Thanks for your question. I assume that the word 'reduction' is meant to be 'retraction' from your MRI report. Complete hamstring avulsions (ie all three tendons have come off the ischial tuberosity) often result in some retraction down the leg. MRI is the best study and is very accurate for this injury, so unfortunately it's unlikely to be a false positive (remember that other muscles other than your hamstrings assist in knee flexion).
Whilst I don't operate on these injuries any more, I have done extensive research on proximal hamstring avulsions. Patients with incomplete proximal tears with no retraction often do well with conservative treatment, but complete avulsions with retraction do best with surgery to repair the tendons to their bony origin. Injuries operated on within 3 months do better than chronic injuries repaired late.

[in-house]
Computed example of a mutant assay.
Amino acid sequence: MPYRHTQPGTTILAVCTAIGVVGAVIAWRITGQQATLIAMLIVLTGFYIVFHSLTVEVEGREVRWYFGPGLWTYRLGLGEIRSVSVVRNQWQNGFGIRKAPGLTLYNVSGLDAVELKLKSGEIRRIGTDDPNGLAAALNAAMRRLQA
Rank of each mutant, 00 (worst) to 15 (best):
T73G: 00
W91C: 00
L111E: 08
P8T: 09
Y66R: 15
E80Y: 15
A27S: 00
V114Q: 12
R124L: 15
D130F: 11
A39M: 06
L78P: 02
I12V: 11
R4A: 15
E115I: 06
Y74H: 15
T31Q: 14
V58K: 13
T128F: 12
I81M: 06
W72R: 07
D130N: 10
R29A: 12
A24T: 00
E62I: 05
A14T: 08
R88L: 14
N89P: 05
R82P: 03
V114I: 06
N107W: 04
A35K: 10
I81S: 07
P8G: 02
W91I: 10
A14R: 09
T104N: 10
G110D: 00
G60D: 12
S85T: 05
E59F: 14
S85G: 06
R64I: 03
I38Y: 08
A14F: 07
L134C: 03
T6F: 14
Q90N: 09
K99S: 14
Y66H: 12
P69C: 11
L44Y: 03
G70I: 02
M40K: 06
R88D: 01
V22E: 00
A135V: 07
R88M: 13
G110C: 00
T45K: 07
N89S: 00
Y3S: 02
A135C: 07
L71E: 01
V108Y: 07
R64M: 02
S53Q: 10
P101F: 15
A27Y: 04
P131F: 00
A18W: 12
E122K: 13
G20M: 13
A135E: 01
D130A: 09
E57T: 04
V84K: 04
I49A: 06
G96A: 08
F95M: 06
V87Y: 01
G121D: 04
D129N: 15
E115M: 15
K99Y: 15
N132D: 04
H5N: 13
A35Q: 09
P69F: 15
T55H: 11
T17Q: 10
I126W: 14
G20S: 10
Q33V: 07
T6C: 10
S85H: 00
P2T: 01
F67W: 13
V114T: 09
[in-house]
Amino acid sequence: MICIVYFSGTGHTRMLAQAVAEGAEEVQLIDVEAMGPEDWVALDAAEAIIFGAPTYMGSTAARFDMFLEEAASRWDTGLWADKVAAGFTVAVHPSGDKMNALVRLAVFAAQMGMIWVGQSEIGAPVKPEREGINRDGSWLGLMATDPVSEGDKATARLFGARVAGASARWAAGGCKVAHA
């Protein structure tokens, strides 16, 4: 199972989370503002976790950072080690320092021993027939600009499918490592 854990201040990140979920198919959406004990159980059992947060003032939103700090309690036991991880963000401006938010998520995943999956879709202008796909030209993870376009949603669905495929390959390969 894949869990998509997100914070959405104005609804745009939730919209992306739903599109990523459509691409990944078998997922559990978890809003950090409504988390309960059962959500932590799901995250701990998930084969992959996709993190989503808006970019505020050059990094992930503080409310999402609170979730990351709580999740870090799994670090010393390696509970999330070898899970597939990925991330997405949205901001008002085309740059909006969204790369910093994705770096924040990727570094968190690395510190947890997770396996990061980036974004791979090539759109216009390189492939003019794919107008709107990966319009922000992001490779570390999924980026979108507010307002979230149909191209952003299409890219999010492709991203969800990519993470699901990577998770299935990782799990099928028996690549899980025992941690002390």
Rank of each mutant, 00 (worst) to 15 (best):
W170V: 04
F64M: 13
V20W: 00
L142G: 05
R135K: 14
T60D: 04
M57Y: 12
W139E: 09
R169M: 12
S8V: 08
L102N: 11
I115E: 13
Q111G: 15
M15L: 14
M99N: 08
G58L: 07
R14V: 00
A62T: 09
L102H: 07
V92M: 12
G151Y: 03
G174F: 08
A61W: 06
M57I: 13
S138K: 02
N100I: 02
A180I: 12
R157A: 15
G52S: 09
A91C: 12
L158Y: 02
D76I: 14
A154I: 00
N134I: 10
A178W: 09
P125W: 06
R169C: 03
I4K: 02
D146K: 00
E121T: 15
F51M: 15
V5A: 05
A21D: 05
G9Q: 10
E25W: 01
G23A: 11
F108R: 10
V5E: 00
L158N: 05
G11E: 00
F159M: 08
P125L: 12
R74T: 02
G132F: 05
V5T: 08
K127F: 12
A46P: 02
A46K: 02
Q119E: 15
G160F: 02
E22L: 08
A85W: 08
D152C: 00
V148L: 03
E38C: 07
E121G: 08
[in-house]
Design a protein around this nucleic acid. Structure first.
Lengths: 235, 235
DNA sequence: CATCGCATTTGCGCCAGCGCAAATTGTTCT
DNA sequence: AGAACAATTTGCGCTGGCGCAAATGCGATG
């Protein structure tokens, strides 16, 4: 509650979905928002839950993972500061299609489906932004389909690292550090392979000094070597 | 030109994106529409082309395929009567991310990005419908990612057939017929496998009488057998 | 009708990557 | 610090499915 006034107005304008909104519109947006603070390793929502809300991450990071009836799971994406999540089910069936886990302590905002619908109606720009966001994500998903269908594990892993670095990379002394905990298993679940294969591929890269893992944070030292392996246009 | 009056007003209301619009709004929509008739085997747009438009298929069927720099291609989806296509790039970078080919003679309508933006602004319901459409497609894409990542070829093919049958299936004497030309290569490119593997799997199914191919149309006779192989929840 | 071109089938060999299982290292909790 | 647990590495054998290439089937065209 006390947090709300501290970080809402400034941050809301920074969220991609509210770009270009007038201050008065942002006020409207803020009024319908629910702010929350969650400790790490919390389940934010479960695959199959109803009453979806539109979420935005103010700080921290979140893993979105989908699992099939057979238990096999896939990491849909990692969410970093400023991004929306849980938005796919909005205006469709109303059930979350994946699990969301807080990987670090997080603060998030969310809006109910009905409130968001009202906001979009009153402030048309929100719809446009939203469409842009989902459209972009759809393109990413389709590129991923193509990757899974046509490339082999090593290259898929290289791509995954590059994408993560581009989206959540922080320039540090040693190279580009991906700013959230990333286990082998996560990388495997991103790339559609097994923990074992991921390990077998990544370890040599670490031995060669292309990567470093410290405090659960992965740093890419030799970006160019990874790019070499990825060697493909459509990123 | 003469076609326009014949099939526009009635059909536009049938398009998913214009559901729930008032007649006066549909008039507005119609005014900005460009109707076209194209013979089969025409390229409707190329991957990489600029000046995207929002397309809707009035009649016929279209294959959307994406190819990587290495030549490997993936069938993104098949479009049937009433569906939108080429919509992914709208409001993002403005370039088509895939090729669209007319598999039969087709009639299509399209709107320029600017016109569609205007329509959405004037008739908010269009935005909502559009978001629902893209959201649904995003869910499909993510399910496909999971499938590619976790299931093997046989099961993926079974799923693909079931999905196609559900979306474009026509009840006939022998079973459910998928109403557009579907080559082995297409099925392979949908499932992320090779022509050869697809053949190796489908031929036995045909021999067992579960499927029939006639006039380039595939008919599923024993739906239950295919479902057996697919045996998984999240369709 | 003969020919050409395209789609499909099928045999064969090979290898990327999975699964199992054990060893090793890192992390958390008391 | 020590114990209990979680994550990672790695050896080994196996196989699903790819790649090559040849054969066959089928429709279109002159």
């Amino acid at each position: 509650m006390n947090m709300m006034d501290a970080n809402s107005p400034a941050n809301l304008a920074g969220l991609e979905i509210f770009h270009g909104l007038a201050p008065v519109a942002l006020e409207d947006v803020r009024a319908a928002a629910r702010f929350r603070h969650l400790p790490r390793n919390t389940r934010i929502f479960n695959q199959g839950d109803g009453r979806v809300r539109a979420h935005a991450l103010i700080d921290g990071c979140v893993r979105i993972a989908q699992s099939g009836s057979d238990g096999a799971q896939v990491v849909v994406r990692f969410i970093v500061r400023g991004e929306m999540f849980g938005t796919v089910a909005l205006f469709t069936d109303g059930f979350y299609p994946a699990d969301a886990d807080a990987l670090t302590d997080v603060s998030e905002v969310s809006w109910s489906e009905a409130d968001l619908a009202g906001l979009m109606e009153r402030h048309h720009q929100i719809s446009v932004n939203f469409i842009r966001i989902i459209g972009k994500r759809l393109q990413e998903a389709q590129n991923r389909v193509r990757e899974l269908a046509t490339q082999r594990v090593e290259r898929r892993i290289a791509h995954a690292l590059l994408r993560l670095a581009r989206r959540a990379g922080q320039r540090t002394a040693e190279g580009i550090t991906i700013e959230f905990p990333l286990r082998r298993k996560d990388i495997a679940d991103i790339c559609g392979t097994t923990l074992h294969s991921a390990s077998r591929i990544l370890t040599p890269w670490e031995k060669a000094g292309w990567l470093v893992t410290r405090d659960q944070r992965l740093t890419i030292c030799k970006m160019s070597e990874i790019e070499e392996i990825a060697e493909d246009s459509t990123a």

Because this operation is not commonly done by many orthopaedic surgeons, it's important to find someone who is very familiar with this injury. David Wood in Sydney and Peter Annear in Perth are two surgeons who have done more of these operations than most orthopaedic surgeons in the world.
A Novel Technique for Proximal Hamstring Tendon Repair. Blakeney WG, Zilko SR, Chiri W, Annear P. Advances in Orthopedic Surgery, Vol 2014, Article ID 891875. doi:10.1155/2014/891875
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